Westcott enters TUF octagon
St. Albert mixed martial arts fighter ready for ultimate test
Wednesday, Feb 19, 2014 06:00 am
Ready to rumble
St. Albert mixed martial arts fighter Sheldon Westcott will show how TUF he really is Wednesday night on The Ultimate Fighter Nations: Canada vs. Australia.
The showdown between Westcott and Daniel Kelly, a four-time judo Olympian, on the TUF Nations reality television series produced by the Ultimate Fighting Championship will be aired at 8 p.m. on Sportsnet 360.
Westcott, 29, will join family and friends at The Beer Hunter in St. Albert to watch the fight unfold in episode six.
A confidentiality agreement Westcott signed with the UFC prohibits the Paul Kane High School alumnus from spilling the beans on the outcome.
Westcott, 29, is also not a huge fan of watching himself in the octagon.
“The best way to describe it is like listening to yourself on the answering machine,” said the co-owner of the Complete Fitness and Martial Arts gym in Campbell Business Park. “I absolutely hate to watch myself on TV but it would be nice to watch to see what happened in the fight because when you fight everything is going a million miles an hour. You don’t have the chance to really grasp what’s going on and what happened. I’m watching the commercials right now (for the episode) and I’m like I don’t remember that, even the good stuff, so it will be exciting to watch it for the first time fully.”
Westcott’s pro record is 8-1-1. The six-foot-one Kelly, 36, is 6-0.
“I lost my first fight by a split decision and I haven’t lost since and that was seven years ago,” said Westcott, who needed only 13 seconds to knock out Aaron Shymr in his last fight at Fivestar Fight League 5 on April 13 of 2013 in Yellowknife.
The six-foot-one, 185-pound Westcott is a welterweight who moved up one class to middleweight for TUF Nations, which matches Canadians against Australians in an elimination format, culminating with an appearance on the April 16 pay-per-view final between Canada and Australia in Quebec City.
There are four middleweights (185 pounds) and four welterweights (170 pounds) on each team.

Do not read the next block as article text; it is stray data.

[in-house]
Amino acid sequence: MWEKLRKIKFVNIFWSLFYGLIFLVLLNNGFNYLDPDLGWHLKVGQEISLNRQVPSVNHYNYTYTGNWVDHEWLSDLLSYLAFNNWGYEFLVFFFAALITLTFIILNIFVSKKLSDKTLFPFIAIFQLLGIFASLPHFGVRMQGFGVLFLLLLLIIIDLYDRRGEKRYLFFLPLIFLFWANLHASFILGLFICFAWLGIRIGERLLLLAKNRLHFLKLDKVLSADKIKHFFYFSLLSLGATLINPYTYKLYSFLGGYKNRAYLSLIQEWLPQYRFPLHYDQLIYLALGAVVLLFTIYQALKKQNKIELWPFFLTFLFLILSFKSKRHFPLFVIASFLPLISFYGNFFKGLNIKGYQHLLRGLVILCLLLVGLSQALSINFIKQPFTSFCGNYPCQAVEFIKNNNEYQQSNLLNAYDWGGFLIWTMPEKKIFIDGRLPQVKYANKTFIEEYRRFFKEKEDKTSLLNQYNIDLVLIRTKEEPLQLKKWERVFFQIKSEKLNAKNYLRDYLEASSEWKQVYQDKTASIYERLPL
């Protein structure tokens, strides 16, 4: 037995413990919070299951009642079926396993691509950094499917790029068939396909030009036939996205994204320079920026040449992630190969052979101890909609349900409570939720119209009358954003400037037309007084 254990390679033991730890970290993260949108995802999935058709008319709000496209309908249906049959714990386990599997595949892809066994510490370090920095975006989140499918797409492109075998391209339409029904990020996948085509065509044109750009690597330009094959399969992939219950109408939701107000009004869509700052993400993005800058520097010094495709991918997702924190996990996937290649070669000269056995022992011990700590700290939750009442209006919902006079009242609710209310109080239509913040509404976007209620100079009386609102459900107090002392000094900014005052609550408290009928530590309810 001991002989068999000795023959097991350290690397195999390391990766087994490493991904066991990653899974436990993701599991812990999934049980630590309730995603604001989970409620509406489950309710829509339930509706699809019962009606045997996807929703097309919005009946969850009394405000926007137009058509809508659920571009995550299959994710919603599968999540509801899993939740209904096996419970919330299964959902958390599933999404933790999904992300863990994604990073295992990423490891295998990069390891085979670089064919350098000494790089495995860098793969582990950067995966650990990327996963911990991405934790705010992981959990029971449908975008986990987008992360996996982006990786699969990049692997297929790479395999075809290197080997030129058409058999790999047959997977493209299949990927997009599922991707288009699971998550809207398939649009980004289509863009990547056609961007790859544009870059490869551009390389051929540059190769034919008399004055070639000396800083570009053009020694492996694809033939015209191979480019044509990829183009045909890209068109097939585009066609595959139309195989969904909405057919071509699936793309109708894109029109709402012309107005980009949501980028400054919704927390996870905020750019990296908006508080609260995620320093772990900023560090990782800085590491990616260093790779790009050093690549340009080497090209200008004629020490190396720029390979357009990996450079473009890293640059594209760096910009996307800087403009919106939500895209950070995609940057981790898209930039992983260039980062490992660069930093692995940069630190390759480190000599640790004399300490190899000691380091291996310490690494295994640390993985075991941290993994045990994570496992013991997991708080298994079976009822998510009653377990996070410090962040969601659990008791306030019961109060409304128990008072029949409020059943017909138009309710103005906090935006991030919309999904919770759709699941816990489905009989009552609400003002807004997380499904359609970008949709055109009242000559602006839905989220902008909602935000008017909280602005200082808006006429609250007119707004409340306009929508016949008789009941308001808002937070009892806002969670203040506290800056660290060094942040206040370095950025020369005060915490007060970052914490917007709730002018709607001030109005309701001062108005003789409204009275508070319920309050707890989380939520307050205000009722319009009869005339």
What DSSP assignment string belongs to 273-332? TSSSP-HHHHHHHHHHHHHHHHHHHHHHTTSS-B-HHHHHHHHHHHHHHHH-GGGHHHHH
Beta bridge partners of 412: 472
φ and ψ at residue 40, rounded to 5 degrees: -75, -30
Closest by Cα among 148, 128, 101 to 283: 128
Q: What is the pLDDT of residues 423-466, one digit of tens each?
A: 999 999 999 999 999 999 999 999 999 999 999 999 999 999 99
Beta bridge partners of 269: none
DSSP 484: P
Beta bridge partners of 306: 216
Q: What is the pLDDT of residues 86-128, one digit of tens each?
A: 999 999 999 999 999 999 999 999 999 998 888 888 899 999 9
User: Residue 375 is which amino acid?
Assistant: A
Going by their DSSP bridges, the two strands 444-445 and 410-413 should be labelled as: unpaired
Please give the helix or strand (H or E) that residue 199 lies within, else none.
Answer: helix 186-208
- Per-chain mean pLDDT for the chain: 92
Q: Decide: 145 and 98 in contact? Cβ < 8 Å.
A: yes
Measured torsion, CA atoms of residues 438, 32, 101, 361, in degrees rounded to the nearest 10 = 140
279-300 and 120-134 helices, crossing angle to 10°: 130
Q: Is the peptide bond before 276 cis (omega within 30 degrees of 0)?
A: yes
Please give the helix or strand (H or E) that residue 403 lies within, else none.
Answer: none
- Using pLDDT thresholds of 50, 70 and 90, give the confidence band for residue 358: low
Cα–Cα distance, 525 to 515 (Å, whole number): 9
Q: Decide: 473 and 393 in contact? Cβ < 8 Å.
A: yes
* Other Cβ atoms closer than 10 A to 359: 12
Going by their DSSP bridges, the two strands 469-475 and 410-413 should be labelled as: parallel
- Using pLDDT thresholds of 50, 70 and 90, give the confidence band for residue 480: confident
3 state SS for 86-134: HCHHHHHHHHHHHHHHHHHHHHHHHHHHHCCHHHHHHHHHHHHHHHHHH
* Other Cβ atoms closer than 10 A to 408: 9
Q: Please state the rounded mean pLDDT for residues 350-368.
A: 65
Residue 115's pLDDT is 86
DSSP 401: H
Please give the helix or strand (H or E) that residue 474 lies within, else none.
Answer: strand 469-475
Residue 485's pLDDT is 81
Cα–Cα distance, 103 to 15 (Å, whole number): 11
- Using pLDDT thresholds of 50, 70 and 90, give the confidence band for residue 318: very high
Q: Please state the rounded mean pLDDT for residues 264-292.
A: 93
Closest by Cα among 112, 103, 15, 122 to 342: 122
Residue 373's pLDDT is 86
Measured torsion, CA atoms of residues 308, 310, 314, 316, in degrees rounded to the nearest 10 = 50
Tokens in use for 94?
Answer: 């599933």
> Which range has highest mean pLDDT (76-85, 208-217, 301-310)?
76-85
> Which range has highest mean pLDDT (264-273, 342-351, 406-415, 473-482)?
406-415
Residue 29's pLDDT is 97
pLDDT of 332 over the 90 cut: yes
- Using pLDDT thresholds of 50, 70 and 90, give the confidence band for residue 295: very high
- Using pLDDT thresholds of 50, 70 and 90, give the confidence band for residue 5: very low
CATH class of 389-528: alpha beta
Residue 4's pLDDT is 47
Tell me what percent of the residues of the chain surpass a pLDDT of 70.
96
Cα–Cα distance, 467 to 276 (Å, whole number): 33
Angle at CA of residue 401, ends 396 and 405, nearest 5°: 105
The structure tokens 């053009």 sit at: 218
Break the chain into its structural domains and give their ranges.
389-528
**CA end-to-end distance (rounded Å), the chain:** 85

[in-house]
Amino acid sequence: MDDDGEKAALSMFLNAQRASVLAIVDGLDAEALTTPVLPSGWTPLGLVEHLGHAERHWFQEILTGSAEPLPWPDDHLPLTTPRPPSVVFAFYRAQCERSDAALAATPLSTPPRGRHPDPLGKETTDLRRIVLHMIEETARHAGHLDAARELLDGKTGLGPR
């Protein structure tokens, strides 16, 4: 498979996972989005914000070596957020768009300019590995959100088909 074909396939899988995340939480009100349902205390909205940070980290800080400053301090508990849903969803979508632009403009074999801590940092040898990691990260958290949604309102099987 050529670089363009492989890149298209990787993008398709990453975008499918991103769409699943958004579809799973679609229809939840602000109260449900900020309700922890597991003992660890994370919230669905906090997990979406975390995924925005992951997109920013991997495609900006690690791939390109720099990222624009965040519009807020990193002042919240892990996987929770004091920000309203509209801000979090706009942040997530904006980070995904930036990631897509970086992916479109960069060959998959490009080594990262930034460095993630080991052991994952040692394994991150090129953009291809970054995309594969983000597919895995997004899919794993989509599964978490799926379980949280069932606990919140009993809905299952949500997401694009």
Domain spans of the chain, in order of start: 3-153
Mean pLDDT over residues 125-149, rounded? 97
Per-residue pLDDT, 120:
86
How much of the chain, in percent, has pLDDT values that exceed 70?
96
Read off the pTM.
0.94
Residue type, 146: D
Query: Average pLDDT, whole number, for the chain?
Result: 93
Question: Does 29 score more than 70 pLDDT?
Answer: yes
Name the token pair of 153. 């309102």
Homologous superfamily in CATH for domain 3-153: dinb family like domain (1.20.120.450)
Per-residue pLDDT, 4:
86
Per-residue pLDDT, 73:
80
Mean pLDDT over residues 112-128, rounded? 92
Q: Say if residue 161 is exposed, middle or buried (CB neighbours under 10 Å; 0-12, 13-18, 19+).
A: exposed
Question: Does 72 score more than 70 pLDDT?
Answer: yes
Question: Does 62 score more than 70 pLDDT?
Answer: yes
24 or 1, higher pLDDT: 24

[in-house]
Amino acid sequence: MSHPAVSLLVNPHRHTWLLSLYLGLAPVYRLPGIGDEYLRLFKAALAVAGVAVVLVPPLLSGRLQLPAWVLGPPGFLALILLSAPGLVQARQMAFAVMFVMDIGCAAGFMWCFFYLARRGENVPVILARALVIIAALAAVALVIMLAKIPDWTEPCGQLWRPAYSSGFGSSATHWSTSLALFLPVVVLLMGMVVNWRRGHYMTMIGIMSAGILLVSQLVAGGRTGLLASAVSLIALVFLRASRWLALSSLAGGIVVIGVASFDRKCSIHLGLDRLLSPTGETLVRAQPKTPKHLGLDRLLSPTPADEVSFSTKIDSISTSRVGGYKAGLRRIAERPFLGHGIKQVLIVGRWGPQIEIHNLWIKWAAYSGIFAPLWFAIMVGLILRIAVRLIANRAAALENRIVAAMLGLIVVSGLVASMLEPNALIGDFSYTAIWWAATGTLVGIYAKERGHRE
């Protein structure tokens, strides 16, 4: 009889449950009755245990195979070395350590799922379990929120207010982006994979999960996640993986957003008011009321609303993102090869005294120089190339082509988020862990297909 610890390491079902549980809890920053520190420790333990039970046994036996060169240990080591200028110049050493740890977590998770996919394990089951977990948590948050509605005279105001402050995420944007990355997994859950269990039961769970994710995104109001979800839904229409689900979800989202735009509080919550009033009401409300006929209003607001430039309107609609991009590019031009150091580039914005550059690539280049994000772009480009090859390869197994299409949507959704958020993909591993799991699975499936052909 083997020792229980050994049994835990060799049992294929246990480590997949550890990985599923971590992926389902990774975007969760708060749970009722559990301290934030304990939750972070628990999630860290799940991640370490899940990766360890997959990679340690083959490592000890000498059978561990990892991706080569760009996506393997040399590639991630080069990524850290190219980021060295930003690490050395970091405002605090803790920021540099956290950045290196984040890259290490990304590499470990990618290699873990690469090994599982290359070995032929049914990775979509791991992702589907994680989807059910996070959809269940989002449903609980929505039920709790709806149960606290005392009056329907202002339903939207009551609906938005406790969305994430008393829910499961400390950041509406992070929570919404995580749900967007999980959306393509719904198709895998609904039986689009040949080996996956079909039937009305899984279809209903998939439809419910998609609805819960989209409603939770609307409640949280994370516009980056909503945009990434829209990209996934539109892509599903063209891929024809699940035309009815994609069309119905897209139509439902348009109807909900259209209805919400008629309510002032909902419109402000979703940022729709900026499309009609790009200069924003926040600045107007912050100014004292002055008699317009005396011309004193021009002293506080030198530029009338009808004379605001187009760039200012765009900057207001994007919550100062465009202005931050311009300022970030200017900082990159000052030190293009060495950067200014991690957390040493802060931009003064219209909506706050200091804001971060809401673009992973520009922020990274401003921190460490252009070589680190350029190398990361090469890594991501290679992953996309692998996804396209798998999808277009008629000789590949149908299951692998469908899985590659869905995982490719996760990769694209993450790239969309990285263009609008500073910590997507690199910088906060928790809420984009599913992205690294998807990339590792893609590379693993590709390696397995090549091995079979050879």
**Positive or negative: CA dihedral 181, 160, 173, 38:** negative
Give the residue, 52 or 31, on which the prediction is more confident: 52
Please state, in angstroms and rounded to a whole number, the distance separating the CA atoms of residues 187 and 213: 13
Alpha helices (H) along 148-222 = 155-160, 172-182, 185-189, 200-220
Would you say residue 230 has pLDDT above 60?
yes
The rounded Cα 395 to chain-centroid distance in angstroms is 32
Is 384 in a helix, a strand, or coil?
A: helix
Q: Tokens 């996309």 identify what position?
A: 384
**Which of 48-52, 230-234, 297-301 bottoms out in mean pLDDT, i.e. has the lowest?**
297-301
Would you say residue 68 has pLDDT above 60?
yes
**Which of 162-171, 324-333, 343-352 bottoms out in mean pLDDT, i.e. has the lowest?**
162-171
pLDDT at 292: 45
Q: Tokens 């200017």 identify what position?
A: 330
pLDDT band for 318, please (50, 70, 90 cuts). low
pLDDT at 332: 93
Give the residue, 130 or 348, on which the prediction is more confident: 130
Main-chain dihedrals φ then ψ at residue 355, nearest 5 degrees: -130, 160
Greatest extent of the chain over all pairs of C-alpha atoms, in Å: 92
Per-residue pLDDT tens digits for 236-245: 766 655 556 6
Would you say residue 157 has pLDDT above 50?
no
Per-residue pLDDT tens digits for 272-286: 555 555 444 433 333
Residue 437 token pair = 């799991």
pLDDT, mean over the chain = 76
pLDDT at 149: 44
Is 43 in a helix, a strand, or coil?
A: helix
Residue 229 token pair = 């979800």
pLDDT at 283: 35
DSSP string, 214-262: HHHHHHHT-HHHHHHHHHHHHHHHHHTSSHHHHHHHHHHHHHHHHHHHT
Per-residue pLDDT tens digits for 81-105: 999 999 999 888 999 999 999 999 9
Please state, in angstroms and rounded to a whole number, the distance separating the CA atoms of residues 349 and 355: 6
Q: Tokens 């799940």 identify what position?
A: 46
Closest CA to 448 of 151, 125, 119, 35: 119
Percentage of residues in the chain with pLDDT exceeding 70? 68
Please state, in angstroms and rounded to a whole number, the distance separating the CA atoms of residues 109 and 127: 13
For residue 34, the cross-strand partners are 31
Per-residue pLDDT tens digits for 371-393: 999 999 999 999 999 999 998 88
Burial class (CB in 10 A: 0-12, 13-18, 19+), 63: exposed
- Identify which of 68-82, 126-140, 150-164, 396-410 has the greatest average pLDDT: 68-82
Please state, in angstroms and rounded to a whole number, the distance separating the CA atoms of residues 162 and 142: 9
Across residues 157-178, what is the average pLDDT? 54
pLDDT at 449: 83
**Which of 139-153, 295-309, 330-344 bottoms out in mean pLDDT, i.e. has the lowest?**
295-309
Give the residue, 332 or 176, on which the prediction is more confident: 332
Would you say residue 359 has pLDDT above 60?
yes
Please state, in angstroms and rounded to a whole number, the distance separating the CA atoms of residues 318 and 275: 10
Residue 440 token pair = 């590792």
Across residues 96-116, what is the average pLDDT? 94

Wednesday’s winner moves on to the semifinals.
After three wins by the Canadians the Aussies have won two fights in a row.
The winning team picks the matchup for the next fight.
Luke Harris, a six-foot-two middleweight from St. Albert who owns the Hayabusa Training Centre in Campbell Business Park, is also on Team Canada and has yet to fight. Harris, 36, is 10-2 as a pro.
Tryouts were staged in Toronto to determine the Canadian combatants.
“Normally I have to cut a lot of weight to make 170 pounds and I didn't know if there was going to be a fight to get into the house (where the Canadians and Aussies were based) and I didn’t think that I could make the weight three times in a row in the eight weeks so I moved up weight classes for the show,” Westcott said.
“There was 150 guys in the weight class and the first thing you do is grapple and do ground work. They gave us 90 seconds and they took 50 people at a time and your group went from 50 to 25 people after 90 seconds. You literally had 90 seconds to show what you had on the ground and then after that we did striking.”
The successful Canadians joined the Aussies in a log cabin in the Montreal area, about a 30-minute drive from the gym. They were cut off from the outside world for 49 days, from late October until mid-December. The series debuted in January.
“We had no TV. No phone. No Internet. No anything. When we got out of the house we found out Nelson Mandela had died,” Westcott said. “Honestly, it was quite the experience. When we’re interacting with each other, it’s on a very personal basis because you have to sit there and talk to them. You have to learn the meat and potatoes of guys and you actually get see who you’re going to be friends with and who you’re not going to be friends with right away.”
Westcott’s journey into the MMA world started as a high jumper with the St. Albert Track and Field Club before switching to the decathlon. After taking a year off from the decathlon following an injury at nationals, he was introduced to mixed martial arts by one of the personal trainers at a St. Albert gym where he worked.
“I lost six pounds my first training session and I was absolutely hooked,” Westcott said. “A lot of people associate fighting with big burly guys with tattoos. I don’t have a tattoo. I don’t have a Mohawk. I’m the most reserved person on the planet. I do it because it’s a sport and I love it. In all honesty the guy who wins the decathlon is the best athlete in the world and it has nothing on MMA. That’s how physically taxing and how hard MMA is as a sport.”
Westcott averages 11 to 13 training sessions a week, lasting 90 to 120 minutes per workout.
“It’s a full-time job.”